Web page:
LK: How do you get from a degree in criminal justice to a massage therapy?

HLR: Well, after working in the field for a little while, my first intent when I went to school was "I'm going to be an attorney." Then I worked for an attorney, and I was like "nah, not really liking that so much." Like, I didn't want- I realized what it took to be an attorney and I realized that path wasn't for me. So, when I moved to California, I had always been able to take away people's 00:05:00pain but I would store it. Like, I'd get your headache, or I'd get your stomach ache, or whatever. And so, I thought, well, I bet if- I mean, there's a class. I'm not the only person that that is true for. So, I looked around and I found the Acupressure Institute in Berkeley, and took some classes, and learned how to like, be able to do the work without taking it [the pain] on. And I love it. It's the best work I've ever done. Ever.

LK: How long have you been doing it?

HLR: Fourteen years.

LK: Fourteen years.

HLR: I guess, oh, no, I didn't really answer you. I was working for an attorney, and I started working for personal injury attorneys. I was working for personal injury attorneys, and I was working on the - the- the defense side for an asbestos company- which was super gross. But then from there, I moved onto the 00:06:00plaintiff side, and started doing personal injury, and car accidents. Stuff like this. I was doing paralegal work for the attorneys. I just kept finding myself around people's pain, one way or another.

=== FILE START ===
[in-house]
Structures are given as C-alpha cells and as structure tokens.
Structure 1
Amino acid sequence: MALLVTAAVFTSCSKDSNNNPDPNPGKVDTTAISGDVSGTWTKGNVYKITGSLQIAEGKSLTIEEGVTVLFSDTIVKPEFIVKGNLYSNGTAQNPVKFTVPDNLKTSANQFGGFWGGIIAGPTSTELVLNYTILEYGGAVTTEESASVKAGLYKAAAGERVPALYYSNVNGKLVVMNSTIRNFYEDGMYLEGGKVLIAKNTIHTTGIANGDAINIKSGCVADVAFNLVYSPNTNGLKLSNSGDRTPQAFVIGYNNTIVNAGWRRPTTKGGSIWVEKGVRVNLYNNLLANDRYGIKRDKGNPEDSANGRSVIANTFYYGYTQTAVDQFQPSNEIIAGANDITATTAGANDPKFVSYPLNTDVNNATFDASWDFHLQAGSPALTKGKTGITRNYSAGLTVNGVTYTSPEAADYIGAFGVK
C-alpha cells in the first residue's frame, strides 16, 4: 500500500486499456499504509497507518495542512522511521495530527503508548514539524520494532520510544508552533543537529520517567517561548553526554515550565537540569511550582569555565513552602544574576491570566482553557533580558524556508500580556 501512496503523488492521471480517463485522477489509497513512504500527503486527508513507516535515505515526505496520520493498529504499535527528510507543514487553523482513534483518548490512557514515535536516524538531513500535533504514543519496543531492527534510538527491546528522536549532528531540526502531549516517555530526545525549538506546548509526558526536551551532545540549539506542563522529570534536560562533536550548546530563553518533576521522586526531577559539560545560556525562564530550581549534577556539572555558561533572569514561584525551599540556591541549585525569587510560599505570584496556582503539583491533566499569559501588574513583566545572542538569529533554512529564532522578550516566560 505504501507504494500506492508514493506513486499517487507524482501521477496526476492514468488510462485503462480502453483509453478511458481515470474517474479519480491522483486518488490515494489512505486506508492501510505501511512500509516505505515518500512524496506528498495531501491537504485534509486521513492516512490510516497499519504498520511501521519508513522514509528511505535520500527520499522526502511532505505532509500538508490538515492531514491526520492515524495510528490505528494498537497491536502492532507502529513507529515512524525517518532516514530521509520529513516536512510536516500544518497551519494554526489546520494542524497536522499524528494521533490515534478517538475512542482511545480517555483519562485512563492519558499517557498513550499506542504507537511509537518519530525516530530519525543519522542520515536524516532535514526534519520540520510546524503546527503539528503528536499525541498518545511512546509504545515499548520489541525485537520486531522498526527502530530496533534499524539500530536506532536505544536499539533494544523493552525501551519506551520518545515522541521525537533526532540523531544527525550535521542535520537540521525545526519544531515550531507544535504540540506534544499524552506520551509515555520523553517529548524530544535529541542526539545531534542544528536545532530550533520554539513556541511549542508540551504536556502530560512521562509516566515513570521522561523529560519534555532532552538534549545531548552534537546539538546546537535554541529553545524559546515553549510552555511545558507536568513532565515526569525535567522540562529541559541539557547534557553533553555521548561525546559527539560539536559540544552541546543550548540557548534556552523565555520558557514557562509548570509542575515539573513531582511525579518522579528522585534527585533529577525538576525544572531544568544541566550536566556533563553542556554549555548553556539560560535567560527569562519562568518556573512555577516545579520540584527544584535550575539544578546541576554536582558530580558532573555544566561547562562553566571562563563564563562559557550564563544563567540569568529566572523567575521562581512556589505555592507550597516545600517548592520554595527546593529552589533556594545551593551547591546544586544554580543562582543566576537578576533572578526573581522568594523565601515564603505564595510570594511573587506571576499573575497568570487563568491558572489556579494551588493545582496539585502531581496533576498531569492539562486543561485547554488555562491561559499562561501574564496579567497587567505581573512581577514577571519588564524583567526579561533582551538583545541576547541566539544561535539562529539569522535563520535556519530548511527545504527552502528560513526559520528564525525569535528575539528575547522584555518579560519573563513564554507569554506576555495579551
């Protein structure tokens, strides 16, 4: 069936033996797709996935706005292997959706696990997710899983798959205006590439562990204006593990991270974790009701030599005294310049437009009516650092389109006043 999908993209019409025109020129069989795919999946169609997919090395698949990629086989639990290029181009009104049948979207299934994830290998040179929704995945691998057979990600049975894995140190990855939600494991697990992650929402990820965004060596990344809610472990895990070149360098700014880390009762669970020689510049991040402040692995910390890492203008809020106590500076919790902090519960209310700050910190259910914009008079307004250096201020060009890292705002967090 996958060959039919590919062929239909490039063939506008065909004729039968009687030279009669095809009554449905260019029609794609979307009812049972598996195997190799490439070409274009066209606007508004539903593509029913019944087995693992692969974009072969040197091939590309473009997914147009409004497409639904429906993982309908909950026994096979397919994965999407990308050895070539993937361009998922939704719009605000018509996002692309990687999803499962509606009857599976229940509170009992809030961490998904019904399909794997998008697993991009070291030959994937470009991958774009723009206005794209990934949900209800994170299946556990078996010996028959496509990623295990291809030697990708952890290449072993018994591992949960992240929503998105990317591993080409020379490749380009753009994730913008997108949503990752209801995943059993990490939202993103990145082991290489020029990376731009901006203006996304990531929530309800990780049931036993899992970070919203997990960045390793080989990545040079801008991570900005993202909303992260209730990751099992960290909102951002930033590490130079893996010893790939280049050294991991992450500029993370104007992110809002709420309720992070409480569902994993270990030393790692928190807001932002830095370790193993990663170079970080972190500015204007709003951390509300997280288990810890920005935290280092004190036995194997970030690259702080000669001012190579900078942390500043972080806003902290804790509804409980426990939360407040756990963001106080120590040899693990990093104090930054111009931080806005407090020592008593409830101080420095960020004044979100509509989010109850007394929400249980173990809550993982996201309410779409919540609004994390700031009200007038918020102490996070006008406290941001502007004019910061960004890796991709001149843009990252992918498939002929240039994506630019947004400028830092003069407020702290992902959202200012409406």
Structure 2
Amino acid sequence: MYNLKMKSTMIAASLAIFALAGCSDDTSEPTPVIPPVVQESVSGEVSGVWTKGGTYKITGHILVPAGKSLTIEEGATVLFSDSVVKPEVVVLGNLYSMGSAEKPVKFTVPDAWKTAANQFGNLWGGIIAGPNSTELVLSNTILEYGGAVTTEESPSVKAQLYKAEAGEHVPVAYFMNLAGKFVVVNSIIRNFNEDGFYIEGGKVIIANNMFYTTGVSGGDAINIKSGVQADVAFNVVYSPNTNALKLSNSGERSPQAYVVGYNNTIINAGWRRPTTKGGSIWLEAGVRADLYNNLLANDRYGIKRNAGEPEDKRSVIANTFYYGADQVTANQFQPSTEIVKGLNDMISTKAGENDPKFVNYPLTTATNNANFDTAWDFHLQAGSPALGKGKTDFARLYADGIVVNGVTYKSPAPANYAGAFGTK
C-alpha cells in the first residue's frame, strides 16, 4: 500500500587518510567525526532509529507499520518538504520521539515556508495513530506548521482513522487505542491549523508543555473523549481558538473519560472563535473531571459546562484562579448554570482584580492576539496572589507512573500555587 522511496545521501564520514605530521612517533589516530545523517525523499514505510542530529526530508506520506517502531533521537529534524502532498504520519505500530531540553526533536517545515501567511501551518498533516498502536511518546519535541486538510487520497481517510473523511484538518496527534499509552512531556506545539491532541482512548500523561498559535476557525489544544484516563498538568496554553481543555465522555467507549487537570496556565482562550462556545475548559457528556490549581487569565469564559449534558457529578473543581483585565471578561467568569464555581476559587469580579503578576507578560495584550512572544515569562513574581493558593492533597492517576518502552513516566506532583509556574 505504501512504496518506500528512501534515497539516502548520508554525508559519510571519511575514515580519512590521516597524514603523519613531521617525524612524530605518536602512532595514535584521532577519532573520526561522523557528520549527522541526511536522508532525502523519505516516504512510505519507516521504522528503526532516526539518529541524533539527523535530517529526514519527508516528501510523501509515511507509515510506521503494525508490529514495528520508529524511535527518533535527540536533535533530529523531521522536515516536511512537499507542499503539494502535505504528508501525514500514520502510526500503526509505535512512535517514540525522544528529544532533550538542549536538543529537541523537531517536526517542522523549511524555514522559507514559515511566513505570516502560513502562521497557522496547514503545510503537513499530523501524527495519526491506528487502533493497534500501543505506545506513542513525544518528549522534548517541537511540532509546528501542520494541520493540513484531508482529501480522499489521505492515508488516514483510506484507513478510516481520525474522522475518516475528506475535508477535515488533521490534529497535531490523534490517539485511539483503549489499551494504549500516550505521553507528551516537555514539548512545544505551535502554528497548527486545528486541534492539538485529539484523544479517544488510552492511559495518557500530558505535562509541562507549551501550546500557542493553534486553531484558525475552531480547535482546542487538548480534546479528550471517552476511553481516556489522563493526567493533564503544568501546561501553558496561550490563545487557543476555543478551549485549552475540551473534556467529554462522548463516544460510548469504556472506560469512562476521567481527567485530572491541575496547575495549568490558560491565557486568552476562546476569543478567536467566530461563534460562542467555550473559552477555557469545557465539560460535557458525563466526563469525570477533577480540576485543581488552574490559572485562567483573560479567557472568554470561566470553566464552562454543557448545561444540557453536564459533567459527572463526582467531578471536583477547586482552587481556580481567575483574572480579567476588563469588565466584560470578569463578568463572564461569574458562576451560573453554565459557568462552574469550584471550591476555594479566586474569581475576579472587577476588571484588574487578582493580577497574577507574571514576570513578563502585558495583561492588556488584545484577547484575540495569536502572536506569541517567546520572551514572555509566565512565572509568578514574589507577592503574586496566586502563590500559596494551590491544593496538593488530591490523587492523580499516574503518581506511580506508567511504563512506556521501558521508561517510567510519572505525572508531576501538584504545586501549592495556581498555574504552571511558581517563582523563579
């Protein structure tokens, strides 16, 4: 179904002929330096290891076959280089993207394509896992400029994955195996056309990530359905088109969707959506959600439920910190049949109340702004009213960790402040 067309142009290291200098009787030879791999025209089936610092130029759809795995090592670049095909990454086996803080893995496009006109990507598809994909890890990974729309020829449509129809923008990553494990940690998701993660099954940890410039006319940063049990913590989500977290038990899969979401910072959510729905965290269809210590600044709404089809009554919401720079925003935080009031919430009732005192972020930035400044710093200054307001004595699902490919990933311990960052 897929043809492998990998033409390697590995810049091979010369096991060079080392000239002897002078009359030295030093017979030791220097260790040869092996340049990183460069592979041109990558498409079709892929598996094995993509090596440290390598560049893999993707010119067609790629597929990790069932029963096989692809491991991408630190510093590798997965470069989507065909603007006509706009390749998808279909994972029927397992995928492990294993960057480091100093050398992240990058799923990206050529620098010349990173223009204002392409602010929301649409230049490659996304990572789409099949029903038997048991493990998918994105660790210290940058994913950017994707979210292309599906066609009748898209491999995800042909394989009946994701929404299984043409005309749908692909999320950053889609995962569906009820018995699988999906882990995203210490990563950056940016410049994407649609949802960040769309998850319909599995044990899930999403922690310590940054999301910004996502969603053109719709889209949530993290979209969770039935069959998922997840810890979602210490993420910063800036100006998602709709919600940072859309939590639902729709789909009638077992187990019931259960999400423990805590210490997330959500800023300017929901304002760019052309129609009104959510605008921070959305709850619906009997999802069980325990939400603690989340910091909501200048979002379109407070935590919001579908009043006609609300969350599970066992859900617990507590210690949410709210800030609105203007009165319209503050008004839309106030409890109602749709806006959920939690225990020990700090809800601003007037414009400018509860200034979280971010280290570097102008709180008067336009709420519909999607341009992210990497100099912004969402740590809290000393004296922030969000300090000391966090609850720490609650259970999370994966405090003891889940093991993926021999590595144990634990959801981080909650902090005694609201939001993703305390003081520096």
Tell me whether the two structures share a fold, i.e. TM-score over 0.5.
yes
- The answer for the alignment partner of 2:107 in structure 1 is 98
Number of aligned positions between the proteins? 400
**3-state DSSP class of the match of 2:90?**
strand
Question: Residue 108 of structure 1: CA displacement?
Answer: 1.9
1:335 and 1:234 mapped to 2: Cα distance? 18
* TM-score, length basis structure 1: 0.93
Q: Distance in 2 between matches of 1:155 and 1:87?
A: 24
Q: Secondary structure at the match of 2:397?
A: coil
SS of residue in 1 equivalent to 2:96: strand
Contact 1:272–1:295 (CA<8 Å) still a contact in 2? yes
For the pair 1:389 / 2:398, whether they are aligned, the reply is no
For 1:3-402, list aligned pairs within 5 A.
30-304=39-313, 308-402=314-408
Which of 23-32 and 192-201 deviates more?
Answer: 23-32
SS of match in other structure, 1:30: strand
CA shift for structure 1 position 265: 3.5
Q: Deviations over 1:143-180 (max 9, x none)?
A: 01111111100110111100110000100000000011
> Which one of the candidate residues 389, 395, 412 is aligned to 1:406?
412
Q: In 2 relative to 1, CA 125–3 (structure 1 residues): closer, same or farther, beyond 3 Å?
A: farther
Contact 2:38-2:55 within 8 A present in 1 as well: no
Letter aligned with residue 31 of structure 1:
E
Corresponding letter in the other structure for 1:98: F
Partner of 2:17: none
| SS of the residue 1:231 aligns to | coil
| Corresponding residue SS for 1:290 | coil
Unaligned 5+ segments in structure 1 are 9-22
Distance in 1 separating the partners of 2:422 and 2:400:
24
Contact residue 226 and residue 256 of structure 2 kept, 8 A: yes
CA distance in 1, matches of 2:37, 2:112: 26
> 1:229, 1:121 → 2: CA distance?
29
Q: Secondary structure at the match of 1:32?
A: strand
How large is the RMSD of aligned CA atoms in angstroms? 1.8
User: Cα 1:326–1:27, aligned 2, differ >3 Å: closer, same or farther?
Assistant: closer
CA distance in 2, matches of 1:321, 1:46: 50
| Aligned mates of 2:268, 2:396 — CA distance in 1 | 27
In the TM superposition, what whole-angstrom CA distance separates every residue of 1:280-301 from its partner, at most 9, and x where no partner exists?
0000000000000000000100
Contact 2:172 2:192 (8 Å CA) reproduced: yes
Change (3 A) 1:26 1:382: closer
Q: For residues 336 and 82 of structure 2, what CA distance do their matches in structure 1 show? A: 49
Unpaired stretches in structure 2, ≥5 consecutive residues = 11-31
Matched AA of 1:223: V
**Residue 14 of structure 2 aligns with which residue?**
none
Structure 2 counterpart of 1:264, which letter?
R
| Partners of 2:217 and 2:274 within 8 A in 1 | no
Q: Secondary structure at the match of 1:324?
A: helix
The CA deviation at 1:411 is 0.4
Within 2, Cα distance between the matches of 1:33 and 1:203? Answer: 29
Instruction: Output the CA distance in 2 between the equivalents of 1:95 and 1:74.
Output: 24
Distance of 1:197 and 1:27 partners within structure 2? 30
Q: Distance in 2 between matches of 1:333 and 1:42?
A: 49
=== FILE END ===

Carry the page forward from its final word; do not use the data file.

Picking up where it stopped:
Finally, I went to massage school, and was like "Oh, this is what I'm supposed to be doing. Like, that's why you keep bringing me in spaces where I'm like managing people's pain. Like here's this whole family who was in a car accident, and I have to get all your information, how can I help you? And I was- So, yeah. I got to that side of it, I was like "oh, that's what I'm supposed to do." so, the law got me there. So, I guess, you know. You're on the path you're supposed to be on.

LK: What path lead you to performance?

HLR: My whole family are musicians. My grandmother played the organ, my mother plays the bass, my sister plays the bass, my other sister sings. I've been performing or onstage since I was like three or four. My mom played gigs, and 00:07:00she was a single mom, didn't have a babysitter, so, she'd take me to the gig. I'd play the tambourine, and then go sleep next to the base amp. She'd bring the sleeping bag, like, just my whole- kinda always been out there doing something.

So, when I found- I finally started doing Burlesque, I was in the Bay, and did spoken word, and was part of several artist collectives there. In college I was singing, in high school I was singing, and I was singing with my family. When I got to Portland, I didn't really have a creative outlet so to speak. I was focusing on doing the massage- and I mean, there's creative outlets in there, but it's separate.